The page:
Cowles’ $100,000 Gift Moves UM Closer to Having an Alumni Center on Campus
Don Cowles ’66, of Bozeman, calls his student days, “three of the greatest years of my life.”
Because he recognizes that other alumni have similar feelings and would like a place on campus where they can gather for social, business, or educational purposes, he and his wife, Patty, have committed $100,000 for architectural fees and planning for a new, on-campus alumni center that also will include office space for the UM Foundation. They have demonstrated an early belief in this campaign priority and hope others will join them to make the center a reality.
During the past four years, the Cowles family has looked at thirty to forty universities around the country and nearly all have alumni buildings. “Facilities like that make a first impression that is hard to beat,” Don says. “A nice building adds to the University’s presentation and might help with recruiting,” as some of UM’s newest academic facilities such as the Gallagher Business Building, Skaggs Biomedical Addition, and Don Anderson Hall for journalism do already.
Currently the Alumni Association and UM Foundation are housed—“cramped,” Don says —in Brantly Hall, a building constructed in the 1920s. “Having a new building for the Alumni Association and Foundation would raise the stature of the University in the eyes of alumni, promote better relations, and increase contributions. I’m hoping it will generate additional alumni giving,” he says, and leverage other connections to UM.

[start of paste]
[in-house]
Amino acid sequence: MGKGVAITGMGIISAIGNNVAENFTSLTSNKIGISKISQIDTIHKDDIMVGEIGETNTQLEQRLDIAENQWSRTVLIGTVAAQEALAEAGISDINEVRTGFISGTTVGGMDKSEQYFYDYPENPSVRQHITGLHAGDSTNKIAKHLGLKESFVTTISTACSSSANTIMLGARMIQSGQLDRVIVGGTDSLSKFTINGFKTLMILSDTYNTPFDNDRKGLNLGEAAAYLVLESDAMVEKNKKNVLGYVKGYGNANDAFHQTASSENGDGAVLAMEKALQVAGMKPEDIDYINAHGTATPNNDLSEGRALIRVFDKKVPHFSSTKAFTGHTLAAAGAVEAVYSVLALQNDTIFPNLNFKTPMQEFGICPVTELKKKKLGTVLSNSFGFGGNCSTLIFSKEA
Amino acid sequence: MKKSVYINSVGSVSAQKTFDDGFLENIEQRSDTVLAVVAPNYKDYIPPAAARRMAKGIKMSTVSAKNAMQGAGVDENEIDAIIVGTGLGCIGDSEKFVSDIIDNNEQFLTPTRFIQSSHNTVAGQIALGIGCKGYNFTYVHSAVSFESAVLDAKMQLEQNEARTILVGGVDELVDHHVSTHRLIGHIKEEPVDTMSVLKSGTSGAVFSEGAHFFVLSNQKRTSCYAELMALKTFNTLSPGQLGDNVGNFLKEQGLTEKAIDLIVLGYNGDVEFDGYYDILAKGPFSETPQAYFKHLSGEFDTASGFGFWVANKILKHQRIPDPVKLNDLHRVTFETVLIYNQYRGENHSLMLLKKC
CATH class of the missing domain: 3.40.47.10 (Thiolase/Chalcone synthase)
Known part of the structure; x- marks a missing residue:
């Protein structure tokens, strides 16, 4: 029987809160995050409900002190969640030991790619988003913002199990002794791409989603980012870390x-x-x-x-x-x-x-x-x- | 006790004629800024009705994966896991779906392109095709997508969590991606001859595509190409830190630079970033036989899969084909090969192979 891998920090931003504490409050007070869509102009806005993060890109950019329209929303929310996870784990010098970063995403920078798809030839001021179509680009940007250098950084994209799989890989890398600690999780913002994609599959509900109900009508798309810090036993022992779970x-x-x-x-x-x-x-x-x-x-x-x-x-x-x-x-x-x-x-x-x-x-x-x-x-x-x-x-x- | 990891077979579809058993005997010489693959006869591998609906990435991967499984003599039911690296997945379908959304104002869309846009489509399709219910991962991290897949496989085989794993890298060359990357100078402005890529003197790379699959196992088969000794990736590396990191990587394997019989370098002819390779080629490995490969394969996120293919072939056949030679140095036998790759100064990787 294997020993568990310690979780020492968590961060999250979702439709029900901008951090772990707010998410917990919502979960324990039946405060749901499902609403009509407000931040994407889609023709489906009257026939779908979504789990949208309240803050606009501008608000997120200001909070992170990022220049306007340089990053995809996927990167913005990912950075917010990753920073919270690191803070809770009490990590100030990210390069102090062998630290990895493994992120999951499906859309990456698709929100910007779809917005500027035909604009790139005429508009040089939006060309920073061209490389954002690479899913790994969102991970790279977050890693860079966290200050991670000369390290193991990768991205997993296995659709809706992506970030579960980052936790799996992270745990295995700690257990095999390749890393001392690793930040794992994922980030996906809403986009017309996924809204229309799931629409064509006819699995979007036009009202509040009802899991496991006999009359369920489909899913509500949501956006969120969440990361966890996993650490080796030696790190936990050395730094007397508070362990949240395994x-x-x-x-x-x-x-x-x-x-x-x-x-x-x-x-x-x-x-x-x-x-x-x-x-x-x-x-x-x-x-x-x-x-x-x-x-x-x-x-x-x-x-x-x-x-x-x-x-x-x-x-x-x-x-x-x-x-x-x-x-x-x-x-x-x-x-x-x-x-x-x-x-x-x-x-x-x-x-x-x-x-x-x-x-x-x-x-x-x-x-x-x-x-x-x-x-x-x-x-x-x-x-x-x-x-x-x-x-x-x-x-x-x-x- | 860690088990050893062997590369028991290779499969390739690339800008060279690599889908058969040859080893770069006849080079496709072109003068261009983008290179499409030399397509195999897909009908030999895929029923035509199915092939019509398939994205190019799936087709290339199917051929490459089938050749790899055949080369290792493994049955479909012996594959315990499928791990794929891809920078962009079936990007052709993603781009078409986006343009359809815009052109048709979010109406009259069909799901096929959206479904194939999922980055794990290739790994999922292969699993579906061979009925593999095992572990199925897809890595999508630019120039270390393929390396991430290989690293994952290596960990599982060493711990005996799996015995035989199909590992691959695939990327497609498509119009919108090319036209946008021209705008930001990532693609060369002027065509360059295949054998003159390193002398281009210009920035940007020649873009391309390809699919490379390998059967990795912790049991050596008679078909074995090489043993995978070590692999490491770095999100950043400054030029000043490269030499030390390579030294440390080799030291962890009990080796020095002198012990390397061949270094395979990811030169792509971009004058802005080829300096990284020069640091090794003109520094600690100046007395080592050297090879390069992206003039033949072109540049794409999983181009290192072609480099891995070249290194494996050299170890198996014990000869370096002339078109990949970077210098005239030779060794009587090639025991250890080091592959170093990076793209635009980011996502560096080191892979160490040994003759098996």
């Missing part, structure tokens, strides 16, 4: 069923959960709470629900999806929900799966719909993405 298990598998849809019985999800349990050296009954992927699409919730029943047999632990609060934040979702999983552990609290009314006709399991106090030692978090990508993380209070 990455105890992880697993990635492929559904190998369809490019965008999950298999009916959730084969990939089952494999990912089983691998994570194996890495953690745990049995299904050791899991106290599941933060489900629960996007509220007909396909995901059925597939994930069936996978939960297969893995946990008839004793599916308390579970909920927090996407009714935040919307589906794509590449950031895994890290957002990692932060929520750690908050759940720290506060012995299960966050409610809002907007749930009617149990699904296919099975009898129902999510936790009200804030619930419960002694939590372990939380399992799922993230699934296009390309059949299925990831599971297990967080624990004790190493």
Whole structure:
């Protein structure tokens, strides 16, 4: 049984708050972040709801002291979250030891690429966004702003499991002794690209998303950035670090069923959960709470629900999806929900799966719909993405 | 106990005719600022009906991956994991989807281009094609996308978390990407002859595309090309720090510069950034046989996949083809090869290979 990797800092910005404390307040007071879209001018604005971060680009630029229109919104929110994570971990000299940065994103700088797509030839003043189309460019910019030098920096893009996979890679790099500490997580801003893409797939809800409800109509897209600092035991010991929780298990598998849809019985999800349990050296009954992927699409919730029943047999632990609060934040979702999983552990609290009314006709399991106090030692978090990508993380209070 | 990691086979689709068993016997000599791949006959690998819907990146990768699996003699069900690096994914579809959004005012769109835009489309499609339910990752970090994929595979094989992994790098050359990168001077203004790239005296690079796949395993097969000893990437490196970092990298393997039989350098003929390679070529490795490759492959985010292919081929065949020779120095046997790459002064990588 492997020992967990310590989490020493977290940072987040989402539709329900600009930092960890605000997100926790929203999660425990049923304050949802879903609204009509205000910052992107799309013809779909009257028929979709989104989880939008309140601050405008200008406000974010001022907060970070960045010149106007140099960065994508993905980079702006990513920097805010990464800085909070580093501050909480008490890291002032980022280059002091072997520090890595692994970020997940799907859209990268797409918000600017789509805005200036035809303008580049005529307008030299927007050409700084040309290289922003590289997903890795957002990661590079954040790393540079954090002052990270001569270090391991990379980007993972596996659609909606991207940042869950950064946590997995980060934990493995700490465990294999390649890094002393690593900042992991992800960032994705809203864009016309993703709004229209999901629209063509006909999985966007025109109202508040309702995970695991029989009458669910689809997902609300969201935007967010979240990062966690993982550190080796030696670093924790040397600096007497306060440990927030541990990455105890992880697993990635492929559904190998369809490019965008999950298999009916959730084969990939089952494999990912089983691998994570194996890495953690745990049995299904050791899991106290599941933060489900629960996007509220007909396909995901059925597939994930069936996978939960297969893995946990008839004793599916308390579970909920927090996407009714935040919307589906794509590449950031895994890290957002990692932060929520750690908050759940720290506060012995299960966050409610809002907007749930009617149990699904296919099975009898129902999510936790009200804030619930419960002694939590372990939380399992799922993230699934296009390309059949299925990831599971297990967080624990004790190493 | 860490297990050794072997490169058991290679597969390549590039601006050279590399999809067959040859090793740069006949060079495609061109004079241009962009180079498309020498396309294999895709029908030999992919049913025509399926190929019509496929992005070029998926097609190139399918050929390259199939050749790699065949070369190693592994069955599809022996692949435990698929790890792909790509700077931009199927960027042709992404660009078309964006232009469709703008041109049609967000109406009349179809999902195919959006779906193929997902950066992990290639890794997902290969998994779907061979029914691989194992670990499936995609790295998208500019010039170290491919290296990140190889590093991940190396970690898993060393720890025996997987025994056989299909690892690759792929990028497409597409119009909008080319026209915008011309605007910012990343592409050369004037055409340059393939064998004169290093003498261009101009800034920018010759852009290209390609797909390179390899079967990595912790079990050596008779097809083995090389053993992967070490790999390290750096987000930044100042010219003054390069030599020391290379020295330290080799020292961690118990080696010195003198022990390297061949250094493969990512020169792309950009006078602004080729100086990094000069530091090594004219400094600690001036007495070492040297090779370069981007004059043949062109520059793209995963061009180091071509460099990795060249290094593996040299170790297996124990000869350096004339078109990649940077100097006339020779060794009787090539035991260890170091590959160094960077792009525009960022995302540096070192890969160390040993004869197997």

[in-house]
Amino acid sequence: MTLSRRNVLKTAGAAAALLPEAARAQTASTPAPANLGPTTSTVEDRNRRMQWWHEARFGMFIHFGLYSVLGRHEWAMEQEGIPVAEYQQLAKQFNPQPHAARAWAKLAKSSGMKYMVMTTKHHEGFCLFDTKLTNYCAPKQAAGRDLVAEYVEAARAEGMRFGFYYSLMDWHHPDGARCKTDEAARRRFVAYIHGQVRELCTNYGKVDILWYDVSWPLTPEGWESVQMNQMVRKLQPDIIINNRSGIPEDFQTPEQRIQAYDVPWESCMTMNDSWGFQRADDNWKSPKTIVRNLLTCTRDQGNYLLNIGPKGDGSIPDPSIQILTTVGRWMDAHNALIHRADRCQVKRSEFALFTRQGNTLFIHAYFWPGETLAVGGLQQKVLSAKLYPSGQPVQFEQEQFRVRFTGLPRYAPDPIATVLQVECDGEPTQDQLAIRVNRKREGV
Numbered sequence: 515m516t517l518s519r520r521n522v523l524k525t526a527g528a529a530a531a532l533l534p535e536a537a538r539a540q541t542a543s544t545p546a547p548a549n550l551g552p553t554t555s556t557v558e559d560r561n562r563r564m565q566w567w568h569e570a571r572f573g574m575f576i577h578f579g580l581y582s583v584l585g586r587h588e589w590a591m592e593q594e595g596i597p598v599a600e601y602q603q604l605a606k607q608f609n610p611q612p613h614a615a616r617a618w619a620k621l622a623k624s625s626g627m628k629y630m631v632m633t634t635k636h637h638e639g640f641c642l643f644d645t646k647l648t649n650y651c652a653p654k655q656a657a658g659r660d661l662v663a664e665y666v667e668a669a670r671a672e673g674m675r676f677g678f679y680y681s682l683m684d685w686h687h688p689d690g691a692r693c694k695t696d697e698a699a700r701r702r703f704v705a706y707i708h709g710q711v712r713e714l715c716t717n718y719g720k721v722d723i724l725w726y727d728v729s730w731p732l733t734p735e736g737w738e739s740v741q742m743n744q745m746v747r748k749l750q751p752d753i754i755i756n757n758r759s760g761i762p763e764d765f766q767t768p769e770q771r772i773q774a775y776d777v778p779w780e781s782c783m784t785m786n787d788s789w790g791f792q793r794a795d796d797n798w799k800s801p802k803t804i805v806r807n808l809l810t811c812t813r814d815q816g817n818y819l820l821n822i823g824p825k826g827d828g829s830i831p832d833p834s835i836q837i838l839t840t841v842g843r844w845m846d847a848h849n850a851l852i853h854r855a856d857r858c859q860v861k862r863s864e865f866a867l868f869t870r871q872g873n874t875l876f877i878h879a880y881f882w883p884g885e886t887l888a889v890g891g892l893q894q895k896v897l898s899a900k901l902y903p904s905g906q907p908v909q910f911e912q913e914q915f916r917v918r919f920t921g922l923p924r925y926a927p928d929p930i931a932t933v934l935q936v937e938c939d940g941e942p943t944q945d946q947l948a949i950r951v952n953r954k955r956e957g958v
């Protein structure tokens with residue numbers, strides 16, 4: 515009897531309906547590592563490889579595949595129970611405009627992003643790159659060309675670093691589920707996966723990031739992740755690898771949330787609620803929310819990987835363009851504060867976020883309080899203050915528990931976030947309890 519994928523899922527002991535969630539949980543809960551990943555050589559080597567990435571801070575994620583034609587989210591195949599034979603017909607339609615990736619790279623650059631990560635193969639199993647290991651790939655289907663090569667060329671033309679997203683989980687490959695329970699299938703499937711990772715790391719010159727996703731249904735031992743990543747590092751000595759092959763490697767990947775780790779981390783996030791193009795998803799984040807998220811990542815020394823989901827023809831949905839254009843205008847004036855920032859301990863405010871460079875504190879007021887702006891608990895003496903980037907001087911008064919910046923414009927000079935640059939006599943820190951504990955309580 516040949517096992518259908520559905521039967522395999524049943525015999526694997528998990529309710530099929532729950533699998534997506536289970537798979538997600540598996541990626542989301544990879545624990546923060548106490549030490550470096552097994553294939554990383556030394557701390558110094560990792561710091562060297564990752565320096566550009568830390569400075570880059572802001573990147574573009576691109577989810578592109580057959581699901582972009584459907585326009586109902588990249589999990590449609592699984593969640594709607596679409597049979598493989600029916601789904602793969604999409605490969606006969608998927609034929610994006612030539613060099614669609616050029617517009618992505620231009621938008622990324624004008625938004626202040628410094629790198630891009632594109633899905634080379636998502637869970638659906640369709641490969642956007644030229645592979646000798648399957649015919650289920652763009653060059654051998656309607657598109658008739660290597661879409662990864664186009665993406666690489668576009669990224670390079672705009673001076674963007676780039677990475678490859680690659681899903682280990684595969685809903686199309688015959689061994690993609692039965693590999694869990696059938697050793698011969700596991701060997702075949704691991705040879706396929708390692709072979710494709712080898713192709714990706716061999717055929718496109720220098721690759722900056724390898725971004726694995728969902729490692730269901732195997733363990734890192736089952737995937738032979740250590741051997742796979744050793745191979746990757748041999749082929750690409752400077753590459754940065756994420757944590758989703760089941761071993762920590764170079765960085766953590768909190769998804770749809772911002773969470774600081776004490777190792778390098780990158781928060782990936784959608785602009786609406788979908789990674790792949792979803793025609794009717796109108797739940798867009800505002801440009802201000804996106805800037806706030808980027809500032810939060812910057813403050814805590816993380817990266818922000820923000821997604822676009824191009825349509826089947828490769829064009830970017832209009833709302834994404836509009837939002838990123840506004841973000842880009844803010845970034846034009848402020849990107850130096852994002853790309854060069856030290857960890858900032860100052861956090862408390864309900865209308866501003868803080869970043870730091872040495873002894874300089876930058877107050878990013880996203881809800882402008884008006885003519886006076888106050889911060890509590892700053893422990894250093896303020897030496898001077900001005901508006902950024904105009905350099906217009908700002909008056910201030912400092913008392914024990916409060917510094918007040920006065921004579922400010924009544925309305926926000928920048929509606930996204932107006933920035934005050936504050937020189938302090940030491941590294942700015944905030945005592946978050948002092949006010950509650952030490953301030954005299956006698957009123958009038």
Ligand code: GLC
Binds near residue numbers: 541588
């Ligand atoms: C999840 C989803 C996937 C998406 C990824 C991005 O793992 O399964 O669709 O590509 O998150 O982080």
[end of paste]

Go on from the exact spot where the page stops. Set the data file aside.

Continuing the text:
Although he knows the Invest in Discovery campaign has other building projects as priorities, “this was a good fit for me. Three of the greatest years of my life are a reason to support the University in this way.”
Jack Dietrich, 1924-2007
With the death of John M. “Jack” Dietrich ‘48, J.D. ‘49 Billings, the University and UM Foundation lost a valued former trustee and board chairman, philanthropist, and friend.
From his service on the Foundation board during its early years, chairmanship in 1982, and years of involvement, Jack brought the wisdom of a historian to all the meetings he attended. As a trustee emeritus, he continued active participation in the University, Foundation, and law school, and during the Foundation’s 50th anniversary celebration in 2001, he delivered the official chronicle of the board’s history.